Jo Webber decided something needed to be done after "Smurfs' Village," a mobile game aimed at children ages 6 to 10, charged a number of families hundreds of dollars because kids unknowingly bought in-app purchases.
In response, Webber, a mother herself, created VirtualPiggy.com, a website designed to allow parents to control the money their children can spend online.
"She realized how the world was changing for kids," said Joe Peden, head of business development for Virtual Piggy. "There wasn't a good way for kids to shop online."
Virtual Piggy, a company awarded with the Frost and Sullivan Entrepreneurial Company of the Year, facilitates online accounts where children can manage money in order to purchase things online.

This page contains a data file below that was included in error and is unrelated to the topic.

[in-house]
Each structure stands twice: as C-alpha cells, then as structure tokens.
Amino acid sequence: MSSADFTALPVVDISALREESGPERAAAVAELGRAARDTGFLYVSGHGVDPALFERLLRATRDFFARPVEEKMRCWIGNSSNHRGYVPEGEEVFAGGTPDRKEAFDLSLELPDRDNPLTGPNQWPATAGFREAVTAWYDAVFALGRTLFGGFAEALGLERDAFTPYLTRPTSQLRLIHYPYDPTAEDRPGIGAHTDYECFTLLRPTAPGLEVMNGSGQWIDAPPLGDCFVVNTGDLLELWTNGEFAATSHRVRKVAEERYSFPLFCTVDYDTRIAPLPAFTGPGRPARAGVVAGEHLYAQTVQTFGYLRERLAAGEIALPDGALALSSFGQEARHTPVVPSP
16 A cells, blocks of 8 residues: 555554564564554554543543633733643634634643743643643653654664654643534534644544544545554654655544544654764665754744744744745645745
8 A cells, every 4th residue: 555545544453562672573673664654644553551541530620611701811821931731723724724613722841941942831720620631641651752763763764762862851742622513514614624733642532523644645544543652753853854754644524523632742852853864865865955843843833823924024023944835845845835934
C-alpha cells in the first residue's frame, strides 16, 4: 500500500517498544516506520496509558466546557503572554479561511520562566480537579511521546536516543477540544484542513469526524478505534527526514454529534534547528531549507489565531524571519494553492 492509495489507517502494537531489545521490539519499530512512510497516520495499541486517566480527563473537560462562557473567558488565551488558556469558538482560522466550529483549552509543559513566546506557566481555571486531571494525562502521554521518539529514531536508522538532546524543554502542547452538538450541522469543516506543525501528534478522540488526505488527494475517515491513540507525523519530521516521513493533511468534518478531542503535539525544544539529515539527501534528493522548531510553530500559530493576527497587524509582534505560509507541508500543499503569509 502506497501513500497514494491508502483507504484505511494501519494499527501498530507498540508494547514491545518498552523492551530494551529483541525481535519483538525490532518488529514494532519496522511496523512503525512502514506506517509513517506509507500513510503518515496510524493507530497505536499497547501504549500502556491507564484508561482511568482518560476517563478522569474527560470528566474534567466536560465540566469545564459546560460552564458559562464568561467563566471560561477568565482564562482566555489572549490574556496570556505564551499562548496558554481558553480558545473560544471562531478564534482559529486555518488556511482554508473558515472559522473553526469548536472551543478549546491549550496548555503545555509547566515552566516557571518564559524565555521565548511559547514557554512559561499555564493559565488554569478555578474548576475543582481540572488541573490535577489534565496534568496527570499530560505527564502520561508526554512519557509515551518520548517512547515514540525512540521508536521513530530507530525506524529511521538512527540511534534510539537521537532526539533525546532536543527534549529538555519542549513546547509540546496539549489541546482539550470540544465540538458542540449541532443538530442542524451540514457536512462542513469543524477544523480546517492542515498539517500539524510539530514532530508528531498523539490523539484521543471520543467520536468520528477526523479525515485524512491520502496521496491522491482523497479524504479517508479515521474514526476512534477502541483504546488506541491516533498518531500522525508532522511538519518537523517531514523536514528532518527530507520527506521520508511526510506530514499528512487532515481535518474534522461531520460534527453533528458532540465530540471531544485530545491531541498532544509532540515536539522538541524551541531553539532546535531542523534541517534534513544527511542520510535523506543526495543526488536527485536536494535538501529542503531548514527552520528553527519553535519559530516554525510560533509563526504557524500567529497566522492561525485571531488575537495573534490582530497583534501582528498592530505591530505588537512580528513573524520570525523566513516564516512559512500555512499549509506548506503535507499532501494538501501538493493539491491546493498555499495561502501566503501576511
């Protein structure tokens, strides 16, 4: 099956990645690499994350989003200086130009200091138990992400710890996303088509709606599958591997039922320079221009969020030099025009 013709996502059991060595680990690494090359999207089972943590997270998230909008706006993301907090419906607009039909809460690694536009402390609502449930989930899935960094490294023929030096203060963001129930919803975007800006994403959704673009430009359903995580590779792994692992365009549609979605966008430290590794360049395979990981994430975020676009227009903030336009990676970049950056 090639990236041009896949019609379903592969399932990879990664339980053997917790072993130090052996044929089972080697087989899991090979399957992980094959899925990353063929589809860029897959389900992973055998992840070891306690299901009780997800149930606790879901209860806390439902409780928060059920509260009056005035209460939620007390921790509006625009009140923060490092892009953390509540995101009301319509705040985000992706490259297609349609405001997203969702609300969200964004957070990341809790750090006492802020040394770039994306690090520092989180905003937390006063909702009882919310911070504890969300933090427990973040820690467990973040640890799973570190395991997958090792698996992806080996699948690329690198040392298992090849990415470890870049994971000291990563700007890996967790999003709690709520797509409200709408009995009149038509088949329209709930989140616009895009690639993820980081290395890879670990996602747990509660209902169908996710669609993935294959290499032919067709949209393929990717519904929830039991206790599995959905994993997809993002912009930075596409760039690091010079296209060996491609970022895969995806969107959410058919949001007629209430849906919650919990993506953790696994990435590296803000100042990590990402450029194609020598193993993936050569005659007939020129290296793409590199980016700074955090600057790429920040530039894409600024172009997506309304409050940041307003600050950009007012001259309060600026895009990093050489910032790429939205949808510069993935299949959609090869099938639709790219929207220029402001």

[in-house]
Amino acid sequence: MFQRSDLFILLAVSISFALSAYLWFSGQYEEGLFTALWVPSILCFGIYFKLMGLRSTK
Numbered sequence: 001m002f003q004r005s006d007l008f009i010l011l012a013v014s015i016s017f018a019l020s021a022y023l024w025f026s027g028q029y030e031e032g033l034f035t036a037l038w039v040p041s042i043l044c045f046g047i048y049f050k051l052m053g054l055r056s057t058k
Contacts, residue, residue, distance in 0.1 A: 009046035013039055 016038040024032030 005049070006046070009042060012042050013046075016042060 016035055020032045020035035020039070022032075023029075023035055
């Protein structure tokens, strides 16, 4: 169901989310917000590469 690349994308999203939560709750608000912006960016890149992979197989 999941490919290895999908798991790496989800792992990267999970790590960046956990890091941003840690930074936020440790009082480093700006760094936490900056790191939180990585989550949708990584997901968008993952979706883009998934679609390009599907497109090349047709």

It doesn't actually hold any of the funds, which means the company doesn't need users' personal information, because parents control it.
It works more as an organizing system: showing children how much they have saved and how much more they need to save in order to purchase what is on their wish lists.
Merchants sign up with Virtual Piggy, so children can browse through and make wish lists. Parents control the settings of the account, including what their children can buy and how much money goes into the account.
Parents can choose to be alerted when children want to buy something and the parent can then approve or disapprove it.
"We remove friendly fraud. We empower mom and dad. And we give kids the option to shop online," Peden said.
Peden hopes in five years that Virtual Piggy will expand to a global market.
"Currently, there is no other company in North America like Virtual Piggy. Our goal is to add more merchants, so we can expand to a global market," Peden said.
The company currently has over 80 merchants registered with them, the most recent being Claire's, a jewelry store.
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